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More Than Just Anyone

More Than Just Anyone

I am 22. She said she was 27. Something about working for a marketing firm. But I’m not sure. The bar was more than alive—it pulsated with bodies, sweaty and hot and waiting in anticipation for someone to take them home. Unfortunately, that someone often came down to anyone. I was rapidly becoming that anyone.

She said her name was Elise. A beautiful name I’d heard only a few times before. I asked her how to spell it twice as I fumbled on the keypad of my cell phone to type in her name under “contacts.” Chalk up another one.

She was cute. Very cute, actually. Blonde, confident and with green eyes that thrived within the darkness of the bar. The Blue Spark attracted mainly college students. Lots of wells, $2 Coronas and dirty martinis. And great music, too—an eclectic mix of Maroon 5, Bob Marley, Tom Petty and most any group worthy of being played at high volumes to a fairly intoxicated crowd.

Black and white prints covered the walls. Sinatra sat poised across from the Statue of Liberty holding a cigar. The split-level room funneled people along the bar and back toward red, plush booths with a solitary light illuminating each tabletop.

She took a sip of her Long Island Ice Tea. Then another one. I could tell she was looking for something to say, so I offered up something about traveling. Relieved at a topic at least for the moment, she talked about being in Barcelona last summer. She was there doing an independent study and some freelance photography work.

Four drinks and 30 minutes later, we had moved to a secluded booth in the corner, where we both sat on one side of the table, legs pressed firmly against one another’s and with my arm casually relaxing across the back of the seat behind her head. She said something about being ready to go home. And wanting to know if I’d like to be there with her. This time, it wasn’t too difficult to hear her. Her lips were just a breath away from mine.

I set my drink down slowly. Congratulations, I thought to myself. I’ve done it again. I’ve talked my way into a bed in a house where I never even should have knocked on the door …

I find it somewhat peculiar when words from Scripture or a phrase from a sermon at church suddenly illuminate in my mind in a setting such as The Blue Spark. The irony of hearing the Apostle Paul’s words in my head as I order up another round of drinks for the table is always a momentary oddity. “I do not understand what I do. For what I want to do I do not do, but what I hate I do” (Romans 7:15). More simply put, in Eugene Peterson’s The Message, “What I don’t understand about myself is that I decide one way, but then I act another, doing things I absolutely despise.” Paul’s words about his struggles with sin perfectly echo the frustrations about the sin I clash with in my own life.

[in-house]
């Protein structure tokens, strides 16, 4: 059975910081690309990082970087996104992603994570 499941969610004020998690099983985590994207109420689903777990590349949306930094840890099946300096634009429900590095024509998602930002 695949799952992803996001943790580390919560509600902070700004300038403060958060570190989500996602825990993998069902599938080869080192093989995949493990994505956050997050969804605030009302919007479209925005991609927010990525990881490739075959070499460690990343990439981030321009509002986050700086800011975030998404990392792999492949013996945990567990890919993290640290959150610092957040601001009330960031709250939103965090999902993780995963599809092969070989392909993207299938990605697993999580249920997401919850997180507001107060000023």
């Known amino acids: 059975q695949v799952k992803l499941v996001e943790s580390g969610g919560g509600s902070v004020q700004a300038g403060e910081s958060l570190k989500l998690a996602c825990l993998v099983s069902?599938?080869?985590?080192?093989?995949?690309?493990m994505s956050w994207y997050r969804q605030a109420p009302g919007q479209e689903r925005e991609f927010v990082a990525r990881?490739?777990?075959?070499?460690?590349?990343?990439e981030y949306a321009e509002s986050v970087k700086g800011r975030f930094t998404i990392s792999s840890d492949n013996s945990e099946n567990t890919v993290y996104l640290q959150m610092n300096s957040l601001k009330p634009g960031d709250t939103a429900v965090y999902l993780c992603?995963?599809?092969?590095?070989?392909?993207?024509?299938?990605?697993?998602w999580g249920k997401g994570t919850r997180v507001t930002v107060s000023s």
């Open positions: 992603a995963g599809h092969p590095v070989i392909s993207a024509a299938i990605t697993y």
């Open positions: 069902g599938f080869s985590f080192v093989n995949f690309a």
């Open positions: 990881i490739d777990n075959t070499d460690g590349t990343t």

Perhaps what makes it so frustrating is that these are not situations I naïvely stumble into. I practically set up the moment and walk right into it. My pastor once told our church that our prayer should not be that we don’t fall into temptation and sin. Our prayer should be that we don’t walk into temptation.

Looking back on that night at The Blue Spark, and other similar nights, it’s clearly more than ironic that these verses arrive at such opportune moments in life. The smirk quickly vanishes after the thought of remembering last Sunday’s message at church while holding a tequila shot in one hand and a lime in the other. Thoughts of living as I should—a life that is righteous and pure—penetrate my thinking for a purpose. They are reminders that I have been—we have been—called to live a life greater than our sin.

It is for these moments and more that we have been given God’s Word and the Holy Spirit. It is for these moments that we have the Spirit, living within us, working to guide us. And more than this, God’s Spirit lives within us to empower us. The Holy Spirit is more than just a cricket of a conscience, more than just a divine stop sign on the road to temptation. We sometimes forget that the Spirit is alive and active within us. It is through God’s power that we are truly “more than conquerors.” Because we are sinful creatures, the effects of sin are still present, but we are no longer under its authority. The final victory is won. For we, Paul said, “… are controlled not by the sinful nature but by the Spirit …” (Romans 8:9).

And if the final victory is won—if God’s grace is sure—why do we let ourselves chase after a relationship that merely feigns true love? Why then, would we forfeit a relationship that is pure and wholly good for one that is little more than a poor imitation of what we truly want?

The lyrics from a friend’s song reveal the intent: I wanted to believe that it was real/ Thinking it was the way love feels/ Two lost souls seeking a dream/ Let’s pretend it’s you and its me … It’s easy to pretend or to settle when you’re alone, but I’ve come to learn that living in Christ’s perfect love is the only way to seek true love with someone else …

The bartender shouted out last call. The crowd had thinned, but not so much that the bar still didn’t have a horde of people clamoring for one more drink. I smiled at her. She smiled back expectantly. I thanked her for the wonderful evening and said I should go back to my house. She looked disappointed at first. A little confused—an awkward silence, something we hadn’t experienced since the beginning of our night, hung low over the table. But then she smiled again. We promised to call each other.

And then we both left, content that neither of us had become just anyone.

[Ryan Moede is a journalism major at Whitworth College in Spokane, Wash.]






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